Hassan El Glaoui

Prolific Moroccan painter Hassan El Glaoui has a formidable portfolio of artwork that seeks to capture the cultural essence of his homeland, with particular emphasis on the bond between a horse and its rider. Painting horses and Tbouriba form a natural part of El Glaoui’s practice because of his early exposure to the equestrian lifestyle. In Moroccan cultural tradition, Tbouriba refers the practice of horse riders charging simultaneously while aiming their jezails (long-barrelled rifles) toward the sky.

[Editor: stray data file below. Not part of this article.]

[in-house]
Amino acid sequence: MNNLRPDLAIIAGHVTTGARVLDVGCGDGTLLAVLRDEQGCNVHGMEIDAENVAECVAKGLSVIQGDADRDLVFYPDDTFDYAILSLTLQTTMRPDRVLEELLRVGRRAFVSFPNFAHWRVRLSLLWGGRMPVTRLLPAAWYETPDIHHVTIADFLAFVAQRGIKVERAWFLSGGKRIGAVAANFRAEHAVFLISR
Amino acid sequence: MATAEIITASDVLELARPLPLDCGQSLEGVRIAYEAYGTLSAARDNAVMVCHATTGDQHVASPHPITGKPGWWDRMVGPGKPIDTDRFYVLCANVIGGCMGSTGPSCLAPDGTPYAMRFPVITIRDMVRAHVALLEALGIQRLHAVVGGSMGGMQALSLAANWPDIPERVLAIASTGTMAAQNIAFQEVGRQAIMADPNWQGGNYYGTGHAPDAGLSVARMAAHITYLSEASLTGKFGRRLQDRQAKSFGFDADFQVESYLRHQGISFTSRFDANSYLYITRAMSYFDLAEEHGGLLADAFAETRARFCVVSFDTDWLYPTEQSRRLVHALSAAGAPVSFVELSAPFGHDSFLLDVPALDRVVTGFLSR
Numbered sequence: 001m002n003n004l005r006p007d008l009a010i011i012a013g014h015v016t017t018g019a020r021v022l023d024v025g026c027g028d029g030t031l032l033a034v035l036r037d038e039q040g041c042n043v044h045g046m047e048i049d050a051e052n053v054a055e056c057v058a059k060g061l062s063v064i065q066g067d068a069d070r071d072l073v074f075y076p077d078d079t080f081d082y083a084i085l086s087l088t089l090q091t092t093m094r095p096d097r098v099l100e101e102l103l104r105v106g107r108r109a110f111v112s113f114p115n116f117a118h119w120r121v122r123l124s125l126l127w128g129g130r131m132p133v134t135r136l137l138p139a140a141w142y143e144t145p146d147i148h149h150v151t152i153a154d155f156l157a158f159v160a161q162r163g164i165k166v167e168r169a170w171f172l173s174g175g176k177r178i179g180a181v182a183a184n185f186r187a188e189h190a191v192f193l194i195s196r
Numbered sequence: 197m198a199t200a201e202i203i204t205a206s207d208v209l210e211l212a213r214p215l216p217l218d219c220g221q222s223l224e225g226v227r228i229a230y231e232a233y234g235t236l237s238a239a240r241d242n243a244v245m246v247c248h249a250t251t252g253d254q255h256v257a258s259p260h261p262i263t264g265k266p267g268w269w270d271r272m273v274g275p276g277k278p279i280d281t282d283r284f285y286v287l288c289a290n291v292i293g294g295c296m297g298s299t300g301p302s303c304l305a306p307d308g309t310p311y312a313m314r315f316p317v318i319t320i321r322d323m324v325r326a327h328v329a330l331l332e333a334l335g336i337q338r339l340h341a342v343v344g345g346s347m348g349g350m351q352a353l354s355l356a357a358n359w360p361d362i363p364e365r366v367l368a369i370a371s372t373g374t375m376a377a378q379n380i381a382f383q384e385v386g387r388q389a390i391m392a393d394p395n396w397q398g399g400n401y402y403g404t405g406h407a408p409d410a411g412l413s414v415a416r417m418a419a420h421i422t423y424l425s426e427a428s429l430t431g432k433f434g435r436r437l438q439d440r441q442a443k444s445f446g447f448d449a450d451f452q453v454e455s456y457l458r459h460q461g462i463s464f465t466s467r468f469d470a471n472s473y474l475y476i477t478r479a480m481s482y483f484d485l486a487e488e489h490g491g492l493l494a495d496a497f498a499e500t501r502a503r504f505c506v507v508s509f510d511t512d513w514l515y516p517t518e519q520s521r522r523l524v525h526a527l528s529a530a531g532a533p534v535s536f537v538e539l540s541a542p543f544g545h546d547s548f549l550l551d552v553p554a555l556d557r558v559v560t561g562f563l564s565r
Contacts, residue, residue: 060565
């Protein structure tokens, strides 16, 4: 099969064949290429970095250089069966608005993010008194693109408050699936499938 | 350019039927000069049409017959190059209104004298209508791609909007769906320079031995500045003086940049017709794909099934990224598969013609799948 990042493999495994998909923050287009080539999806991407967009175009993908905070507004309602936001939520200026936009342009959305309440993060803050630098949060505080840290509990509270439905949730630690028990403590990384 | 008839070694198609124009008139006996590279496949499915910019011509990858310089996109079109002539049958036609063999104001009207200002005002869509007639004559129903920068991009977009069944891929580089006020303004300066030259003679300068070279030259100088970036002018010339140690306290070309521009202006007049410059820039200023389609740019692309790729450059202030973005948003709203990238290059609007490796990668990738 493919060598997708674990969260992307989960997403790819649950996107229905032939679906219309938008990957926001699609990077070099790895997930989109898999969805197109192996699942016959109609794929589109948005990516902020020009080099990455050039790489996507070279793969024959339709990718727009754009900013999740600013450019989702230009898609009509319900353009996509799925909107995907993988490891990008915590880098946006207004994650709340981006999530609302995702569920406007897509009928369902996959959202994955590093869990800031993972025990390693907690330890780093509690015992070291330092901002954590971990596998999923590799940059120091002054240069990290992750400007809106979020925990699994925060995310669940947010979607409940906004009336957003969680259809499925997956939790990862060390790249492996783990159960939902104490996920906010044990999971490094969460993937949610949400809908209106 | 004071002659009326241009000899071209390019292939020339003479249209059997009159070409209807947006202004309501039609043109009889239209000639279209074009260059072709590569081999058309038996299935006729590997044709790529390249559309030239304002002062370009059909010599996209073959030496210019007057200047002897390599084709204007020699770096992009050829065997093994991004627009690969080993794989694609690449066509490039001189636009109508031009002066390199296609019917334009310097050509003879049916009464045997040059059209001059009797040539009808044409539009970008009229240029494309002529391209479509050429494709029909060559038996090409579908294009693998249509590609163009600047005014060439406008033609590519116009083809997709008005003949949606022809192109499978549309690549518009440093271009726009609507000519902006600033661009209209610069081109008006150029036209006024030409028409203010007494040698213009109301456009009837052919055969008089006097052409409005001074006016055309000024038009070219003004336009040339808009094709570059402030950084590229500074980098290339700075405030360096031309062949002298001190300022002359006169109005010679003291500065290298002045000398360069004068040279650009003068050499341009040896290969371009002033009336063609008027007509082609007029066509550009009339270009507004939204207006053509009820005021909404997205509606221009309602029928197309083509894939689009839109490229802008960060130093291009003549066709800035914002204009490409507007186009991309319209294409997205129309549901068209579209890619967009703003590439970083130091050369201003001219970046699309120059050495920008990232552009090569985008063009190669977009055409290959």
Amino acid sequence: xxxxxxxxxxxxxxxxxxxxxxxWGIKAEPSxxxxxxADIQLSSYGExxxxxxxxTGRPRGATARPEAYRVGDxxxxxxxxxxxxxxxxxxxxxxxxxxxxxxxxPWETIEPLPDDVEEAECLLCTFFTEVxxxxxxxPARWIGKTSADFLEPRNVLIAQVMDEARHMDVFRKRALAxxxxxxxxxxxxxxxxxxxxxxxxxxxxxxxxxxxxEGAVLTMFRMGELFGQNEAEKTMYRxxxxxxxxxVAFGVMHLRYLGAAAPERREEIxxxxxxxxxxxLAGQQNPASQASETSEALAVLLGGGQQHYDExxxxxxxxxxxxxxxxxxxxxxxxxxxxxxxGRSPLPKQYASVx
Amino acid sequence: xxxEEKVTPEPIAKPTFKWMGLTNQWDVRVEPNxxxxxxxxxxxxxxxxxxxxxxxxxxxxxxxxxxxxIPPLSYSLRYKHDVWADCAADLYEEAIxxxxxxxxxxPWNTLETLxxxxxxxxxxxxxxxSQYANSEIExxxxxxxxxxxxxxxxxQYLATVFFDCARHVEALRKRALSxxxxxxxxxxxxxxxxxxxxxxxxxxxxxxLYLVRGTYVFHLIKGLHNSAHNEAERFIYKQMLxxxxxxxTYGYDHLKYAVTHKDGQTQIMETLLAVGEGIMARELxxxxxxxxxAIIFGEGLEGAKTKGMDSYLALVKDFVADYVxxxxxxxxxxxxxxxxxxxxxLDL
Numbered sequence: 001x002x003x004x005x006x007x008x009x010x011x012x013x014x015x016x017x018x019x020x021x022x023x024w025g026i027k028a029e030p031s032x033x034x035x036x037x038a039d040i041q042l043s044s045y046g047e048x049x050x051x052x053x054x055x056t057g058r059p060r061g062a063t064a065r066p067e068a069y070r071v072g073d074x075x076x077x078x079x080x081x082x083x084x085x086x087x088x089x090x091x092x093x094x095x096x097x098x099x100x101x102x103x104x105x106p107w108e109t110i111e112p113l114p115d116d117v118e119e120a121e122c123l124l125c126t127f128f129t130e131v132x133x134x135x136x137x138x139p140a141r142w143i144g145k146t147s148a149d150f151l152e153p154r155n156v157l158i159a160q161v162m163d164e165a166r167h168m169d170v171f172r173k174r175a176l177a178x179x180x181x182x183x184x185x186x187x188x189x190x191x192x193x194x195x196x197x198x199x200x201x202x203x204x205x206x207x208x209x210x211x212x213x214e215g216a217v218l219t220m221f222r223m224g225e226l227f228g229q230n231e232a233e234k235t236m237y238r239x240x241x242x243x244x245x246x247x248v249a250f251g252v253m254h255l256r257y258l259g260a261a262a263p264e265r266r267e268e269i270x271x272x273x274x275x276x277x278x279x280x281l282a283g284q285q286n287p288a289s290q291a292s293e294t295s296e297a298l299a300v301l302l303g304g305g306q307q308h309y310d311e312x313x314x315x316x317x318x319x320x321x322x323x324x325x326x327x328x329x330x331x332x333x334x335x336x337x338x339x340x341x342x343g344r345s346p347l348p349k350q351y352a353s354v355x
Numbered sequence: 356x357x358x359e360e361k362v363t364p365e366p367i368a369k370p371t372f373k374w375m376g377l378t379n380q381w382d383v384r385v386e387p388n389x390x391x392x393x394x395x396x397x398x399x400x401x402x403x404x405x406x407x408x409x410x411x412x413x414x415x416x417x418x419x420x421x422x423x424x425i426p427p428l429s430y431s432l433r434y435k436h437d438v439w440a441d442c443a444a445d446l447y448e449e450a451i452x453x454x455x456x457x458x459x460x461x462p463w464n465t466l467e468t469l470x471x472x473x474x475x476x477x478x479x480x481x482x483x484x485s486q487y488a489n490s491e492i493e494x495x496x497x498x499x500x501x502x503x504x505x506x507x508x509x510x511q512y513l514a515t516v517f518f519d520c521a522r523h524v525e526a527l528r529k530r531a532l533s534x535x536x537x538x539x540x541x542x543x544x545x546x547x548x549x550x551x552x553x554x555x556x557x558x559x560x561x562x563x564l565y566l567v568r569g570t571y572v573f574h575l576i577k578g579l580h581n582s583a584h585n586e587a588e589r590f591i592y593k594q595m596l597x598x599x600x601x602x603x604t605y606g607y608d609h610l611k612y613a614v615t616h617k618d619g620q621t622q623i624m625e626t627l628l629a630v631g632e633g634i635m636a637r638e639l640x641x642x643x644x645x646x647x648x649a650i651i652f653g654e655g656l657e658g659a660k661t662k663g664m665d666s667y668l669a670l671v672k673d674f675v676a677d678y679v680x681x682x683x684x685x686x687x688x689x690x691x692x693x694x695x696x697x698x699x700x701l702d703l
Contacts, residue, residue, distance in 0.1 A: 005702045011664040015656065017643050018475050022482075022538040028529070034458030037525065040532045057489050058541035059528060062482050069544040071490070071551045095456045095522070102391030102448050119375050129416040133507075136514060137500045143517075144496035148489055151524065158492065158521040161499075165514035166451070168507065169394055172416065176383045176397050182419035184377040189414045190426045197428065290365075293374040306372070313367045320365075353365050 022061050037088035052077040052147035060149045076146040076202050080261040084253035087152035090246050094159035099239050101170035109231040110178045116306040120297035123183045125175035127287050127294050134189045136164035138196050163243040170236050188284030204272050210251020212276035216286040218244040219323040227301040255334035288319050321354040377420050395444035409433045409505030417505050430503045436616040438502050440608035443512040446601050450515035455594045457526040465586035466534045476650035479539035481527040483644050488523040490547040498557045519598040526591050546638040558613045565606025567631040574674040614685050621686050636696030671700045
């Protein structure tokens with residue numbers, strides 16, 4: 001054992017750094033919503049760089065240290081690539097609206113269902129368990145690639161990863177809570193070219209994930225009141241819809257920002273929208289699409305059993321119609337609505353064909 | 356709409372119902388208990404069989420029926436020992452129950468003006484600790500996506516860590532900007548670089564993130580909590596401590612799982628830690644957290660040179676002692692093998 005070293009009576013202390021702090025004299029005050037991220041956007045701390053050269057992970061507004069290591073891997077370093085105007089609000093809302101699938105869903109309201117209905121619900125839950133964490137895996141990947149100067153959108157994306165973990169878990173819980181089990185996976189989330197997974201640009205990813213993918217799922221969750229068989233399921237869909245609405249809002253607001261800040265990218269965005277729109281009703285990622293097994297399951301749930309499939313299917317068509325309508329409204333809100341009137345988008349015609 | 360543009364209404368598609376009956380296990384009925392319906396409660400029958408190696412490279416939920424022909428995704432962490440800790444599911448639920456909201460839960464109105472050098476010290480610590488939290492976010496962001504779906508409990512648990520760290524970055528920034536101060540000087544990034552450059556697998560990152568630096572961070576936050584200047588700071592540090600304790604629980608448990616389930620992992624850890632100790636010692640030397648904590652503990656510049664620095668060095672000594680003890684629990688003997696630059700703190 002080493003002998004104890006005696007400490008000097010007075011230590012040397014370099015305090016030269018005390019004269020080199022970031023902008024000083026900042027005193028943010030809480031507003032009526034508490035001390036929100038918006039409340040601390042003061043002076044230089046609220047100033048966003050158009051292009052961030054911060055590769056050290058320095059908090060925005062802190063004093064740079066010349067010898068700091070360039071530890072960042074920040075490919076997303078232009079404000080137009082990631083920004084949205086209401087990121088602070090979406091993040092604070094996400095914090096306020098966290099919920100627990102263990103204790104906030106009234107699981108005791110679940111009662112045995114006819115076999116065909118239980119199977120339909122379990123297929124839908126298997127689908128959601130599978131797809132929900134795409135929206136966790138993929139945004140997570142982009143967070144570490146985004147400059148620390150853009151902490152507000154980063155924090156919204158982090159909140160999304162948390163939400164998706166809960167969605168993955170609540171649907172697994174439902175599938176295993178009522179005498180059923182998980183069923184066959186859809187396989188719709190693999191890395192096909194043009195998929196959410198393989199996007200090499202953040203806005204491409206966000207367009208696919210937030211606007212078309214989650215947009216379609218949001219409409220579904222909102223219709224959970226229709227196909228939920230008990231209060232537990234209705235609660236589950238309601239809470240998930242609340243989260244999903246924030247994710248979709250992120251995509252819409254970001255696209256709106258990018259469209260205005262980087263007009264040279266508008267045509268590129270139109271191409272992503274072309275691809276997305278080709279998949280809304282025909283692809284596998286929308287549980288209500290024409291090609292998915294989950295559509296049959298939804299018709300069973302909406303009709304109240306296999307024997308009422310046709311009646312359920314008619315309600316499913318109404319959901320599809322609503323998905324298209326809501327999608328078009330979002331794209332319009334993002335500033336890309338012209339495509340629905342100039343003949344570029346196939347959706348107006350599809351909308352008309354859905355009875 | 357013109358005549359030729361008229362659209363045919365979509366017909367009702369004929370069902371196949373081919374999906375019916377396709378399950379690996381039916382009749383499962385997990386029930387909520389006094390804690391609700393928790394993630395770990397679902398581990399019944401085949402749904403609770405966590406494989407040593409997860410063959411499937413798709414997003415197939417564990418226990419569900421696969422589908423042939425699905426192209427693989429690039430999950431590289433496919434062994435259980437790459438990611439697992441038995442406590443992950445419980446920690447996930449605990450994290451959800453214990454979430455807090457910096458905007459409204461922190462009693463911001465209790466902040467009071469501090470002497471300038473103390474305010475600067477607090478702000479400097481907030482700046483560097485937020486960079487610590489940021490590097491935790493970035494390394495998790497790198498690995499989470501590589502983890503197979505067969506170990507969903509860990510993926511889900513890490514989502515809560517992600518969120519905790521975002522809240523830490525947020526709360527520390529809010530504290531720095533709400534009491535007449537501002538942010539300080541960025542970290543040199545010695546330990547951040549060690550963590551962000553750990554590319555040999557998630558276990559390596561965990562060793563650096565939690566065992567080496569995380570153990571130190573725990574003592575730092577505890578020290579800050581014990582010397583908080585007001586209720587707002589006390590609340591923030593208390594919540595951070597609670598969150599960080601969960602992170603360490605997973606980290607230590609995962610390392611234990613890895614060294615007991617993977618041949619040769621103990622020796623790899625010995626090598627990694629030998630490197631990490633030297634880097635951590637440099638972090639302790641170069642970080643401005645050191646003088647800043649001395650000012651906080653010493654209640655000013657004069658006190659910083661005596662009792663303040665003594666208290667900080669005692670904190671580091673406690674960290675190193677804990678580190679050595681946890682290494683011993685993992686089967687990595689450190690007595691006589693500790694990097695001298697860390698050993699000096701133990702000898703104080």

Despite opposition from his father, a powerful pasha named Thami, El Glaoui began painting in his teens and, following art education in France, he held his first show in 1952 in Paris. He then returned to Morocco in 1965, concentrating on painting horses.

El Glaoui regards his work as a “living mirror of the past and the traditions which are still the essence of the Moroccan spirit”. “My love of my country has been the defining spirit of my painting. I have recorded our ancestral roots, the flowers in the Valley of the Kasbah and the red Cherifian palaces, the royal courteges with their long lines of white burnouses and the mounted cavalry and their horses,” El Glaoui said in an interview carried by Yacout in 2009.

Numerous exhibitions have showcased El Glaoui’s acclaimed work, including in Paris, New York, Brussels, London and Casablanca.